Bryan J. Cuevas

John F. Priest Professor of Religion
Dr. Bryan J. Cuevas

Contact Information

Area
History and Ethnography of Religions
Faculty
Office Location
120E Dodd Hall
Office Hours

By appointment

Background

buddhist_icon.jpg

FSU Buddhist Studies

Bryan J. Cuevas (Ph.D., University of Virginia) joined the Department of Religion faculty in Fall 2000. He teaches graduate and undergraduate courses in Asian religious traditions, specializing in Tibetan and Himalayan Buddhism, Tibetan history, language, and culture. His principal research interests focus on Tibetan history and biography, Buddhist magic and sorcery, and the politics of ritual power in premodern Tibetan societies.

Dr. Cuevas has just completed a new book entitled The Rwa pod and Other 'Lost' Works of Rwa lo tsā ba's Vajrabhairava Tradition: A Catalogue of Recently Acquired Tibetan Manuscripts from Mongolia and Khams and Their Significance, to be published in the series Wiener Studien zur Tibetologie und Buddhismuskunde (WSTB), University of Vienna. This is a component of a larger project on the history of the cults of Vajrabhairava and Yamāntaka/Yamāri in Tibet, with special focus on the Raluk (Rwa lugs) transmissions and their lineages from the twelfth through early eighteenth centuries. He is also continuing work on a broader study of Tibetan sorcery and the politics of Buddhist ritual magic in Tibet up through the nineteenth century. His previous books include the award-winning translation The All-Pervading Melodious Drumbeat: The Life of Ra Lotsawa (Penguin Classics, 2015), the biography of Tibet’s most notorious Buddhist sorcerer, which won a Shantarakshita Award for Excellence in Translation from the Tsadra Foundation in 2017; Travels in the Netherworld: Buddhist Popular Narratives of Death and the Afterlife in Tibet (Oxford, 2008) and The Hidden History of the Tibetan Book of the Dead (Oxford, 2003). He is also the co-editor of The Buddhist Dead: Practices, Discourses, Representations, with Jacqueline I. Stone (Kuroda Institute/Hawai'i, 2007) and Power, Politics, and the Reinvention of Tradition: Tibet in the Seventeenth and Eighteenth Centuries, with Kurtis R. Schaeffer (Brill, 2006). His recent articles and reviews have appeared in the Journal of the Royal Asiatic Society, Journal of Asian Studies, History of Religions, Journal of the International Association of Tibetan Studies, and Revue d’Etudes Tibétaines, as well as contributions to several anthologies on Tibetan literature, history, art, and ritual studies.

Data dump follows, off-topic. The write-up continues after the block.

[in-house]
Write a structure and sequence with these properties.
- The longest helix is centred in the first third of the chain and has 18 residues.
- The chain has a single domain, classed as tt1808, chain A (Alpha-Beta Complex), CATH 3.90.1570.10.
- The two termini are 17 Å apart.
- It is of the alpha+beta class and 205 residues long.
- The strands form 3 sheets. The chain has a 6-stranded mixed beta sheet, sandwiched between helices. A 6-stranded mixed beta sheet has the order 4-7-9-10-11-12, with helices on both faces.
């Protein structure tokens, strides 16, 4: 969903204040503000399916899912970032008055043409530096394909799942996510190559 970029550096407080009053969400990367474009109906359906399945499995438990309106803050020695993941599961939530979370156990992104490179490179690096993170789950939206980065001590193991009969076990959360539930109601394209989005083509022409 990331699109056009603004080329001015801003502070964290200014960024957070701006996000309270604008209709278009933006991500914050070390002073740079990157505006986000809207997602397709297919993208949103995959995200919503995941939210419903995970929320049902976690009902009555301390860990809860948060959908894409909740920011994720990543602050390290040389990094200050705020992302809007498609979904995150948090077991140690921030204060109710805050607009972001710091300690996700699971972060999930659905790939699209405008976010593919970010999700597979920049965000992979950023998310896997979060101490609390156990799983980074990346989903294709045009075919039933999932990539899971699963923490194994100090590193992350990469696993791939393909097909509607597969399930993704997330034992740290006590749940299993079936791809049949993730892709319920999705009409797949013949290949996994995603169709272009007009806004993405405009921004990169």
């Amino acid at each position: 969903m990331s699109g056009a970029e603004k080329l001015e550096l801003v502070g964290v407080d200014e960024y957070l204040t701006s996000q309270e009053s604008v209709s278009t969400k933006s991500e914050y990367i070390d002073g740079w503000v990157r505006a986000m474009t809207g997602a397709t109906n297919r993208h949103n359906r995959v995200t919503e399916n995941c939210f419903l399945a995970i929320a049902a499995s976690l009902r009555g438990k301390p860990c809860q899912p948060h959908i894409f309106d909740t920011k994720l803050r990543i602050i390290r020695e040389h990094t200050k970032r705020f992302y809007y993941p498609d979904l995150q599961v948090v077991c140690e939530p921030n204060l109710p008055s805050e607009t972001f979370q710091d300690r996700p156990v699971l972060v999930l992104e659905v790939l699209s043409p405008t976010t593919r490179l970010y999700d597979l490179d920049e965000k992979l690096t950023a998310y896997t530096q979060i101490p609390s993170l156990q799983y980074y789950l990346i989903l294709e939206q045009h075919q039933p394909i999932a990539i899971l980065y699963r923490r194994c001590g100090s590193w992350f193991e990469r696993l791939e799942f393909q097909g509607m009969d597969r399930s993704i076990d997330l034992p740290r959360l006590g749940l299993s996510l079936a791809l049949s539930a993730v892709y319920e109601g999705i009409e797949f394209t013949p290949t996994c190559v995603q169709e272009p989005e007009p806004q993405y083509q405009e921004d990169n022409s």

Dr. Cuevas has been a Member of the Institute for Advanced Study in Princeton, NJ and has held visiting appointments at UC Berkeley, Princeton University, and Emory University. He has also been the recipient of fellowships from the John Simon Guggenheim Memorial Foundation, the National Endowment for the Humanities (NEH), and the American Institute of Indian Studies (AIIS), as well as grants from public and private endowments.


Courses

Fall 2021
  • REL3340: Buddhist Tradition
  • RLG5354: Buddhist Historiography: Tibet
  • RLG6298: Tibetan Bibliography
Spring 2021
  • REL3340: Buddhist Tradition
  • RLG5356: Readings in Tibetan